33.        The application of s. 2  of the Identification of Criminals Act  is confined to persons in or deemed to be in lawful custody, who are charged with or have been convicted of an indictable offence. It should be observed that the common law permitted a number of other, in my view more serious, intrusions on the dignity of an individual or persons in custody in the interest of law enforcement. As an incident to a lawful arrest, a peace officer has a right to search the person arrested and to take any property the officer reasonably believes is connected with the offence charged, or any weapon found upon such person; see R. v. Morrison (1987), 20 O.A.C. 230. This authority is based on the need to disarm an accused and to discover evidence. In the course of custodial arrest an accused may be stripped. Of particular relevance, height, weight and natural or artificial marks on the body, such as birth marks or tattoo marks, may be used for purposes of identification; see Adair v. M`Garry, [1933] S.L.T. 482 (J.)

 

34.        These procedures have been permitted because of the felt need in the community to arm the police with adequate and reasonable powers for the investigation of crime. Should fingerprinting be assimilated to these procedures? Many considerations, we saw, argue for that position. Promptitude and facility in the identification and the discovery of indicia of guilt or innocence are of great importance in criminal investigations. This, along with its certitude, which is critical to the criminal justice system, has resulted in the general use of fingerprinting by police forces throughout the world. What really requires determination is whether in the circumstances the process unduly invades the rights of the accused.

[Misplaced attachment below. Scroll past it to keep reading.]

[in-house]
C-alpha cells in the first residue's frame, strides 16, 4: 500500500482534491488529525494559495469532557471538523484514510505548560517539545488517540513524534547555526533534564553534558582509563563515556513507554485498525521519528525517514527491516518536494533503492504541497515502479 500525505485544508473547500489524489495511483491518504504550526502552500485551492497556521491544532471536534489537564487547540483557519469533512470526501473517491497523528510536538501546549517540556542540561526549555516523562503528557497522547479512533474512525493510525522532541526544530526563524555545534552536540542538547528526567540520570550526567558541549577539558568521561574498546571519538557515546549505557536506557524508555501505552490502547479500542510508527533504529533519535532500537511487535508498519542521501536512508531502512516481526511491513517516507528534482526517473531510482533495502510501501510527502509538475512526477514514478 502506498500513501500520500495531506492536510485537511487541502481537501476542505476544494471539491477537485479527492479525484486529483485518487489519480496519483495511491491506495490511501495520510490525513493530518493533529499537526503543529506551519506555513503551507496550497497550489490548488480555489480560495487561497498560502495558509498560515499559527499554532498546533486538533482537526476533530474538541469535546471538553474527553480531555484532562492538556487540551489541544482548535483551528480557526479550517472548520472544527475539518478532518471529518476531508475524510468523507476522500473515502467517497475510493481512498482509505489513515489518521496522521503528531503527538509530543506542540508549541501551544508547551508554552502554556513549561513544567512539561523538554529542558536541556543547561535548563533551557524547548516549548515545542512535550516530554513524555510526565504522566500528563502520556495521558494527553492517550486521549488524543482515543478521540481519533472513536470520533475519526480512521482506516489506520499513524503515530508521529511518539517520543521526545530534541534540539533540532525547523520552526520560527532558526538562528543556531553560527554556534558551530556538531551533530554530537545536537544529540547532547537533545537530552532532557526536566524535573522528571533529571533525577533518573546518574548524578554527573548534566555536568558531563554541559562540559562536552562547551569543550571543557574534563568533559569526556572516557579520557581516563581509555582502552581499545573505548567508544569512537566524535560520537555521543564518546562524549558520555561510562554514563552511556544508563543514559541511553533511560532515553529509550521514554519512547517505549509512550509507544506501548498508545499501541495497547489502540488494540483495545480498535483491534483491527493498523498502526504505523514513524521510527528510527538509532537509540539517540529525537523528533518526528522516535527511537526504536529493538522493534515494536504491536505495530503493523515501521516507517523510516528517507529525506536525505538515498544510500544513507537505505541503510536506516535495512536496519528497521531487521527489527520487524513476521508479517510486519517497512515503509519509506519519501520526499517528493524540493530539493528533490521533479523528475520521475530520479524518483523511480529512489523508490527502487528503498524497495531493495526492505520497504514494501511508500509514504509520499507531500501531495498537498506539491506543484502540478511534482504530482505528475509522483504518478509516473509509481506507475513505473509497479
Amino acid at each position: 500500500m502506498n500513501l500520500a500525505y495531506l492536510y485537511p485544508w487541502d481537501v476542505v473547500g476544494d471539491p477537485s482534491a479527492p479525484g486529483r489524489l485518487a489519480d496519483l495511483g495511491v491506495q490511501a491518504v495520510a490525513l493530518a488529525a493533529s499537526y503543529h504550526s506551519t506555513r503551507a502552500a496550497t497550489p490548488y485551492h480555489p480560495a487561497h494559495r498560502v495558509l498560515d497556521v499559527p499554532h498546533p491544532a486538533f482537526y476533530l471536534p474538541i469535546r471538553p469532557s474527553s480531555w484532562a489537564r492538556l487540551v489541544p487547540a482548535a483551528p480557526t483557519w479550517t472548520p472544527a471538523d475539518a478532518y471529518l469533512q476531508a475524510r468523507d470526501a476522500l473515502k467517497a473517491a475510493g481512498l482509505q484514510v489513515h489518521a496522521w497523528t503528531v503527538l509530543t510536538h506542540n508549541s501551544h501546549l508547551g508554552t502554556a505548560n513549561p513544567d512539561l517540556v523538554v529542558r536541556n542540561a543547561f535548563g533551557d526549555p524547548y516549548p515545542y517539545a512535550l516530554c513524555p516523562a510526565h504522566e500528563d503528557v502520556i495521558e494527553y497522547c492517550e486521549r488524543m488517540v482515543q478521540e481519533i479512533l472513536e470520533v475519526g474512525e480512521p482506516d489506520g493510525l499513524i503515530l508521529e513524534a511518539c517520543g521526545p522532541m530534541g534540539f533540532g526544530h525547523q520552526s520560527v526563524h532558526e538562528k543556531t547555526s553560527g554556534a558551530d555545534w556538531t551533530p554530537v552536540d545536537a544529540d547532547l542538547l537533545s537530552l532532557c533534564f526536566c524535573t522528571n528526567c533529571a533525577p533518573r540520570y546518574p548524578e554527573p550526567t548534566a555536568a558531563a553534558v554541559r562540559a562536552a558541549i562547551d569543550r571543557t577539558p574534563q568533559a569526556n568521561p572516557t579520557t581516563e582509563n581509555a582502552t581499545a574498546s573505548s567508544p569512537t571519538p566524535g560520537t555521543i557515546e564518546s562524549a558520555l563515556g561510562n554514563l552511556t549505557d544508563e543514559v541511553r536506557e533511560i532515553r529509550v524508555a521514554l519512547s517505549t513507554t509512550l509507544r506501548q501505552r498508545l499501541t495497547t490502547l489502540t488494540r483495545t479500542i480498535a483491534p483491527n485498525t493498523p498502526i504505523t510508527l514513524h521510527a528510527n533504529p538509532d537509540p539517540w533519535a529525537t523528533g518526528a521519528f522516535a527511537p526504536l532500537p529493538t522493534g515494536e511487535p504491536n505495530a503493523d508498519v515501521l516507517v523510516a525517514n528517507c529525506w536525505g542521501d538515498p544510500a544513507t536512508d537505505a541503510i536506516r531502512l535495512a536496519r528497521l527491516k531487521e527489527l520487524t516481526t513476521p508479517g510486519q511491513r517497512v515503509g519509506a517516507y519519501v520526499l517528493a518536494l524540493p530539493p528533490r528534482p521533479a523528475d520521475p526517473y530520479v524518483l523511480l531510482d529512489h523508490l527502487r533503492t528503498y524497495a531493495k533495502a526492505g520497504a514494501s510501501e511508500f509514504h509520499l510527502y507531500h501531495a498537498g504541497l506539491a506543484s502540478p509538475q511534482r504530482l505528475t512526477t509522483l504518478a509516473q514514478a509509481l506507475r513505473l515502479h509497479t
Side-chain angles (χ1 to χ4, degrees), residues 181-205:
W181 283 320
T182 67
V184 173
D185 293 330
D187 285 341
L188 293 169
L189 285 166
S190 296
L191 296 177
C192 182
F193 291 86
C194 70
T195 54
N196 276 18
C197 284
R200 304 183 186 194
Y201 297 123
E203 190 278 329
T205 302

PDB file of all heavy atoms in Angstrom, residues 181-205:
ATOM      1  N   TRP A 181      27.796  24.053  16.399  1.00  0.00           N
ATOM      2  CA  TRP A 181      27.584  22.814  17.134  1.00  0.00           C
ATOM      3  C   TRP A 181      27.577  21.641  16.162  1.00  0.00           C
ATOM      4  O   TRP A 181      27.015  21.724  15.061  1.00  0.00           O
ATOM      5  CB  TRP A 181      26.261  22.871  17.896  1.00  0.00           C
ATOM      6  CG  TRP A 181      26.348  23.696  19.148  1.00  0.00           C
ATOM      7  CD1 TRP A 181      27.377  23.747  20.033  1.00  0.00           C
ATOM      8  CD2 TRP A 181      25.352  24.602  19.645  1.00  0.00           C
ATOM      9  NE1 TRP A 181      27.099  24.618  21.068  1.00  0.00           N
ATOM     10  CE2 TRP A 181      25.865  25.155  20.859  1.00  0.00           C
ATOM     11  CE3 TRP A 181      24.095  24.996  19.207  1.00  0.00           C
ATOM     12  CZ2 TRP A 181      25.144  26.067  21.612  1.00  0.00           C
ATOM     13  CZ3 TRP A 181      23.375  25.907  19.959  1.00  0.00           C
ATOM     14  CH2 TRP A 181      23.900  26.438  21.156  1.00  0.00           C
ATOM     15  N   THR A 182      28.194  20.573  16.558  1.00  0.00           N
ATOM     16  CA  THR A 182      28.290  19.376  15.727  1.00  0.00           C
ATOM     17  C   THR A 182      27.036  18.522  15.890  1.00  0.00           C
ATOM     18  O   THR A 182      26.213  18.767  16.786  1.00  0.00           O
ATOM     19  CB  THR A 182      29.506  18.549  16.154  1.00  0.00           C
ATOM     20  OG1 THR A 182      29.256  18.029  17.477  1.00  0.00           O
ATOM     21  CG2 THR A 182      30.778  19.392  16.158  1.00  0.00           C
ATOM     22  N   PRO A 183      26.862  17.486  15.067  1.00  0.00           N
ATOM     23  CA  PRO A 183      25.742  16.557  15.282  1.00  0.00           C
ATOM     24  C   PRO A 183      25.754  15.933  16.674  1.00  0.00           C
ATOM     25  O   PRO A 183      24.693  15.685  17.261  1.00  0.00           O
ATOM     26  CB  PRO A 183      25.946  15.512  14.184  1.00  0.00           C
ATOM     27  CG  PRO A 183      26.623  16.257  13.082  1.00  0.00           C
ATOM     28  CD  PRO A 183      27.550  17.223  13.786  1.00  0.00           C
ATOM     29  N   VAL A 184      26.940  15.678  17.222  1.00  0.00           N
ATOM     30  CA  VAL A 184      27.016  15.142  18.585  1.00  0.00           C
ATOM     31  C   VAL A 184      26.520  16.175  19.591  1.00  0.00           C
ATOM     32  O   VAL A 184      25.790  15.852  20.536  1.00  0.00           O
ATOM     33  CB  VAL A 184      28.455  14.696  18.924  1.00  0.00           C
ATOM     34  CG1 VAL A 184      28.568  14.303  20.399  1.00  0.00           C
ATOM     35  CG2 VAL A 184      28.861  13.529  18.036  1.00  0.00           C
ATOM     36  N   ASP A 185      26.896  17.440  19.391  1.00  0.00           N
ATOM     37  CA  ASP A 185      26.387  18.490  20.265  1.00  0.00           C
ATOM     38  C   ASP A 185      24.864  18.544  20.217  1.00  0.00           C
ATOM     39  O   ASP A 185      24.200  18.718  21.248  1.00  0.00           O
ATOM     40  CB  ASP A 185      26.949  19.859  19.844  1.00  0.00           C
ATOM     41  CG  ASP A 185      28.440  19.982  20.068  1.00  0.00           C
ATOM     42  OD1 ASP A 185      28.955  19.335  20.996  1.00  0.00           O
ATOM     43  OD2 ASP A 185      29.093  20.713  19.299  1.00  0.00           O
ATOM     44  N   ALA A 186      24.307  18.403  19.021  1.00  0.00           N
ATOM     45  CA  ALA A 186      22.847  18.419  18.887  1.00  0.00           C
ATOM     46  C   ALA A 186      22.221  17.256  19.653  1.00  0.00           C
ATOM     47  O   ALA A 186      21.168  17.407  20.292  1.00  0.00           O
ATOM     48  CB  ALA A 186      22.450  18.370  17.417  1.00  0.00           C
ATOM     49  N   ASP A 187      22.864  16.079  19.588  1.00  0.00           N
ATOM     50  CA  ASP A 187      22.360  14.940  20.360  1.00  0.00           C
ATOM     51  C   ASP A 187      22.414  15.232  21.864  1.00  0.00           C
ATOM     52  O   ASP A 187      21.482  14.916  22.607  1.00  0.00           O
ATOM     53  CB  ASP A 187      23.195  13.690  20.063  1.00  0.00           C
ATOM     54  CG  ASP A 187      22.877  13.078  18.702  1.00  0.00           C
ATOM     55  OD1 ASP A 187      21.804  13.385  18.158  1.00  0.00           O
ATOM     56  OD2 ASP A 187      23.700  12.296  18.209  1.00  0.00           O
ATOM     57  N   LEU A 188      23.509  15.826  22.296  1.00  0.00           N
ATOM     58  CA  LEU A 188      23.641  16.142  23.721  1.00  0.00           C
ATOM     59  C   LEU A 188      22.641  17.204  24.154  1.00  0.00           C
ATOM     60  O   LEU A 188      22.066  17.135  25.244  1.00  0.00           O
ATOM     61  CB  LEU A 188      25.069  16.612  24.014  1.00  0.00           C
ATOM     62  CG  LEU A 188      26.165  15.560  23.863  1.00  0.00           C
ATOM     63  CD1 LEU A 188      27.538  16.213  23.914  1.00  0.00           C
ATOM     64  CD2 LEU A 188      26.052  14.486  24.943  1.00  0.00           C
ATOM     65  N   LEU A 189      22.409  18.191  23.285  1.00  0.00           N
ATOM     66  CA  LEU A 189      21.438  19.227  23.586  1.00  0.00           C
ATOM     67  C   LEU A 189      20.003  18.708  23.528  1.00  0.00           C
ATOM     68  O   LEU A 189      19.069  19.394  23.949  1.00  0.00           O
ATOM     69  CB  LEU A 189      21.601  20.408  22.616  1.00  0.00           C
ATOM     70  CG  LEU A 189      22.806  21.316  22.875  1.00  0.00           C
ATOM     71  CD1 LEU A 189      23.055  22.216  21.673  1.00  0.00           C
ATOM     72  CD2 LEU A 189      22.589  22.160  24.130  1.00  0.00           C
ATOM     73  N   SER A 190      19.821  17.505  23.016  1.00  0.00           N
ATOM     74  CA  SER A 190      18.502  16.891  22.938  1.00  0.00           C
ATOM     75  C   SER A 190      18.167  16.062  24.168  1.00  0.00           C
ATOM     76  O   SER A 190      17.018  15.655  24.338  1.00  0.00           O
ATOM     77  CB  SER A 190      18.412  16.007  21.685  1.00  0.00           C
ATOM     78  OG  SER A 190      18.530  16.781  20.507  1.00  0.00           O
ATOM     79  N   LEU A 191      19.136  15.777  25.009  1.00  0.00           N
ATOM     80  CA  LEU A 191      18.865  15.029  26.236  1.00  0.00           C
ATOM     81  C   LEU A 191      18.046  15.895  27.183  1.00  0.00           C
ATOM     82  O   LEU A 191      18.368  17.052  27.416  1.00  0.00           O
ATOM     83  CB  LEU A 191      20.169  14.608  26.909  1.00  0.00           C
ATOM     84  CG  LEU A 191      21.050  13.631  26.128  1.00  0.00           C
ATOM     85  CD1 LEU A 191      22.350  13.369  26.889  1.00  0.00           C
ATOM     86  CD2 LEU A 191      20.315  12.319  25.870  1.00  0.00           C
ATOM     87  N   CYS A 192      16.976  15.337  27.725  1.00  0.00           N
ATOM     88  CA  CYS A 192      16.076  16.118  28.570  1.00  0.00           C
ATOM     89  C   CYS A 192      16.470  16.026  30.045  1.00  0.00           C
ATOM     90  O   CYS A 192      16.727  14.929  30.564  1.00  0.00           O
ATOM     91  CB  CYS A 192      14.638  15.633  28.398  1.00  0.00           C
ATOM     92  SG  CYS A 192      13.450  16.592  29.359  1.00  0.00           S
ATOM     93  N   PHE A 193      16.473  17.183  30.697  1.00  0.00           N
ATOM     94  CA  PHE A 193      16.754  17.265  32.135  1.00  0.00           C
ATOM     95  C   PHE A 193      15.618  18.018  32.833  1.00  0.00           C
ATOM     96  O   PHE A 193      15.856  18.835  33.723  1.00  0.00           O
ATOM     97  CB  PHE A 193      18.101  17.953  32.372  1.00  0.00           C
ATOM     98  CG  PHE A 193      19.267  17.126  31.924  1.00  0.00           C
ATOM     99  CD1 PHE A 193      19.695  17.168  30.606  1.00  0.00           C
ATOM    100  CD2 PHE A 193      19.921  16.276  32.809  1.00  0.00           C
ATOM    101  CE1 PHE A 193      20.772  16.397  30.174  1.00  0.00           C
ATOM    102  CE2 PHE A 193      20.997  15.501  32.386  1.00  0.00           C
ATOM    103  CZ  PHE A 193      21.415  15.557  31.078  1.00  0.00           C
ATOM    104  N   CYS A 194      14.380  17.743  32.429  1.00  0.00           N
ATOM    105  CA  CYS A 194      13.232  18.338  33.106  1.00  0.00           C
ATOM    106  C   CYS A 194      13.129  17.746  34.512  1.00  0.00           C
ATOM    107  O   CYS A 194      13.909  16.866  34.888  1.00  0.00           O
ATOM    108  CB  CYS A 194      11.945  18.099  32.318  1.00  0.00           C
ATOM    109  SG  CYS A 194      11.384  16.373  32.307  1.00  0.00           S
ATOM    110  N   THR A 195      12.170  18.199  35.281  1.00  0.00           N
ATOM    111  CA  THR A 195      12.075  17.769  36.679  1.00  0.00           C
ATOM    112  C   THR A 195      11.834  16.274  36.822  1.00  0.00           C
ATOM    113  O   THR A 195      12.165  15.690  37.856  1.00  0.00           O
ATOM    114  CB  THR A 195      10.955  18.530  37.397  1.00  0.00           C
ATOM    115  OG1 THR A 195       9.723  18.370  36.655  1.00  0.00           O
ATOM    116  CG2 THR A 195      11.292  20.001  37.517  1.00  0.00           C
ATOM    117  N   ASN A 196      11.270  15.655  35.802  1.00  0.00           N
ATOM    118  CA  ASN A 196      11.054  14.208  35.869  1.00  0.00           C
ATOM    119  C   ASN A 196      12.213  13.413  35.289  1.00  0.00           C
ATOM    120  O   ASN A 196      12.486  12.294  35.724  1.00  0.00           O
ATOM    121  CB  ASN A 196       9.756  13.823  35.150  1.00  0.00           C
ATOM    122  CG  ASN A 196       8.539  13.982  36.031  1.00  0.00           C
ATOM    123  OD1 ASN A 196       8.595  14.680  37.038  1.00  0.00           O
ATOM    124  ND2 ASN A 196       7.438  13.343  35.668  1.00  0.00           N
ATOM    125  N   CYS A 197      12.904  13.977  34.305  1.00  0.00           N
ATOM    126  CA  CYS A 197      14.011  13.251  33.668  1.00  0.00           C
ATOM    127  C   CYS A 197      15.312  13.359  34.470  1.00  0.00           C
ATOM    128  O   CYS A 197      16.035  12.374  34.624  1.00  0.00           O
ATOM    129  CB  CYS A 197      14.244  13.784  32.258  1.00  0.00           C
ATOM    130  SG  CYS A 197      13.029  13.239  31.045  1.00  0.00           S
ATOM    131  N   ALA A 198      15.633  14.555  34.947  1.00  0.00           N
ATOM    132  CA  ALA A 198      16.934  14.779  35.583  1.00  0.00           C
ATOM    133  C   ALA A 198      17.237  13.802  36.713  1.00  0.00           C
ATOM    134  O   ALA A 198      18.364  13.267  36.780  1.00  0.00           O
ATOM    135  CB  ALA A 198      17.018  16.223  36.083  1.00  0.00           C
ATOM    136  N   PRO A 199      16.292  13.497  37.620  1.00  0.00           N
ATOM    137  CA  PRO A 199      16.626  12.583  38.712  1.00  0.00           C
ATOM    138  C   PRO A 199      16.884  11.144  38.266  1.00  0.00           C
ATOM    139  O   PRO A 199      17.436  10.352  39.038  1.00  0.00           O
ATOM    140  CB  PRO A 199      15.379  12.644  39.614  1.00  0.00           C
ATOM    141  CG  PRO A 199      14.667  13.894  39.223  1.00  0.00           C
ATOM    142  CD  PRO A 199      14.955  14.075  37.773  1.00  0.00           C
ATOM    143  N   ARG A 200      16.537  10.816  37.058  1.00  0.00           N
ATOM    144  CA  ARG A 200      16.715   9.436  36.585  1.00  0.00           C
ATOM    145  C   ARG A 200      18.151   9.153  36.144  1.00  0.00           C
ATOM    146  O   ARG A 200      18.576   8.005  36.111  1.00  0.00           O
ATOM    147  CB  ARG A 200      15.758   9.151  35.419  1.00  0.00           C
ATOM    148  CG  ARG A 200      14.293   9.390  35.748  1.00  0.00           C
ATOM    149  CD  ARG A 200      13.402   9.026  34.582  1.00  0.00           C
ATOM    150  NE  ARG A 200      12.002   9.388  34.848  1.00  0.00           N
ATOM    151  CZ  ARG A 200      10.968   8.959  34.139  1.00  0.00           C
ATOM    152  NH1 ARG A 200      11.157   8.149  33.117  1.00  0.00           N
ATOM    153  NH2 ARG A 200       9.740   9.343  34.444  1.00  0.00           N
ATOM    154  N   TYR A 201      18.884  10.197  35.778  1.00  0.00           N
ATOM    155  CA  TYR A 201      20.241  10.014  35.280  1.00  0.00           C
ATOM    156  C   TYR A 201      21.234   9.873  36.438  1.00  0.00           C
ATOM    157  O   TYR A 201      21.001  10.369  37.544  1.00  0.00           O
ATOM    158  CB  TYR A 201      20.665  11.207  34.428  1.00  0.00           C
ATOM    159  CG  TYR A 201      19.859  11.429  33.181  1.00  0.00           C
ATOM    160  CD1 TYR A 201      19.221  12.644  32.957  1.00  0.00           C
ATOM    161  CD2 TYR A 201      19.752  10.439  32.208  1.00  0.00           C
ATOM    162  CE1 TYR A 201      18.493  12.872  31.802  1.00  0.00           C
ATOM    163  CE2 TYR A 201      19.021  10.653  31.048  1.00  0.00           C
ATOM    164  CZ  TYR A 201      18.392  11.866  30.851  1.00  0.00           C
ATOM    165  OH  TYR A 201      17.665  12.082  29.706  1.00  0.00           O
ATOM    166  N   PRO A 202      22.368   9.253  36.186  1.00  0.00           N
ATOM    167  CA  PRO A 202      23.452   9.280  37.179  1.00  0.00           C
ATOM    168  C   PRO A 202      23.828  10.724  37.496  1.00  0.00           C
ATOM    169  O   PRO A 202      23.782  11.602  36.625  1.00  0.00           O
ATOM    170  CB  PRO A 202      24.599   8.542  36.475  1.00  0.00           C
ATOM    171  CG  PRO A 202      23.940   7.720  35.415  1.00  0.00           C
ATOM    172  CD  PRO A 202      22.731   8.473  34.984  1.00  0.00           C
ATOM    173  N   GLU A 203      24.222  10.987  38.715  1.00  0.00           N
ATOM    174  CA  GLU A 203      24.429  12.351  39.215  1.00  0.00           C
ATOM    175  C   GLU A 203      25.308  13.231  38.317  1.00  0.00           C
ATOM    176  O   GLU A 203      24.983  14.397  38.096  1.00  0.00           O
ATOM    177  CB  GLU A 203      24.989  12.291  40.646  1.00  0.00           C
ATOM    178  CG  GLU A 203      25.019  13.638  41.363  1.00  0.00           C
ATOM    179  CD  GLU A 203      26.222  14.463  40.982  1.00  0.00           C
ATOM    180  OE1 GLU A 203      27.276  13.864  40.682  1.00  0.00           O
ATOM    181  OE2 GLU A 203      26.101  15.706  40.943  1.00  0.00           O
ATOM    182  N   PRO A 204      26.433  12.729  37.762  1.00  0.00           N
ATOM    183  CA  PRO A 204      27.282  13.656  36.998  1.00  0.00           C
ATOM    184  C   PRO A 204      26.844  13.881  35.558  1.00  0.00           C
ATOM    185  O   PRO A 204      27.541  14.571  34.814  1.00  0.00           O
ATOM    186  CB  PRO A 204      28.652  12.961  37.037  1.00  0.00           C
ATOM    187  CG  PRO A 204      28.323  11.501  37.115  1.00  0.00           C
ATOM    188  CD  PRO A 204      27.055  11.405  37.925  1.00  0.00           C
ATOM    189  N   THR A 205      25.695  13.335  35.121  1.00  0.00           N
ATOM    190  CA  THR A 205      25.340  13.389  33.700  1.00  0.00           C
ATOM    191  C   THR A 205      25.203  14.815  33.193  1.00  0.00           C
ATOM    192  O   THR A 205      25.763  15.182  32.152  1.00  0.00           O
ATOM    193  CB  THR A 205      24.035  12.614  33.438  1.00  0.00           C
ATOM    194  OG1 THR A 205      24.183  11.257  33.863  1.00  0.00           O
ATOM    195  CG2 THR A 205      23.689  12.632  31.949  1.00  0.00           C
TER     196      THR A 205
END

35.        In examining this question one must have a sense of proportion. Is the taking of fingerprints any more serious an invasion of the right of a person in custody than examining the person's body for birthmarks and the like? I do not think so and, as I noted, being arrested and charged for an offence seems to me to be more serious. As Augustus Hand J. stated in United States v. Kelly, 55 F.2d 67 (2nd Cir. 1932), at p. 70:

 

It is no more humiliating than other means of identification that have been universally held to infringe neither constitutional nor common‑law rights. Finger printing is used in numerous branches of business and of civil service, and is not in itself a badge of crime. As a physical invasion it amounts to almost nothing, and as a humiliation it can never amount to as much as that caused by the publicity attending a sensational indictment to which innocent men may have to submit.

 

36.        The view expressed in United States v. Kelly, supra, was soon afterwards mirrored by the Scottish case of Adair v. M`Garry, supra, in 1933, which made clear that the Court there regarded the practice of custodial fingerprinting as comparatively innocuous, one that if denied would hamper the police in the investigation and detection of crime. Canadian courts have tended to follow that case and the great weight of authority in this country is that custodial fingerprinting is justifiable at common law; see R. v. Buckingham and Vickers (1943), 86 C.C.C. 76 (B.C.S.C.); R. v. Hayward (1957), 118 C.C.C. 365, at p. 372 (N.B.C.A.); R. v. Nowakowski (1977), 40 C.R.N.S. 144 (B.C.S.C.); R. v. McLarty (No. 2) (1978), 40 C.C.C. (2d) 72 (Ont. Ct. S.P.); R. v. Jacobson, Ont. Dist. Ct., January 31, 1978, unreported; see also R. v. Nielsen and Stolar (1984), 16 C.C.C. (3d) 39 (Man. C.A.), leave to appeal refused [1985] 1 S.C.R. xi. In R. v. A.N. (1978), 2 C.R. (3d) 55 (B.C.C.A.), aff'g R. v. Nowakowski, supra, it is true, Branca J.A. expressed a contrary view, but the other members of the court expressed no opinion on the matter and that court later indicated in Brown v. Baugh and Williams (1982), 70 C.C.C. (2d) 71 (B.C.C.A.), that it might be inclined to the view that the common law would permit the police to fingerprint a suspect in the proper circumstances and using reasonable force (aff'd [1984] 1 S.C.R. 192, without reference to this point).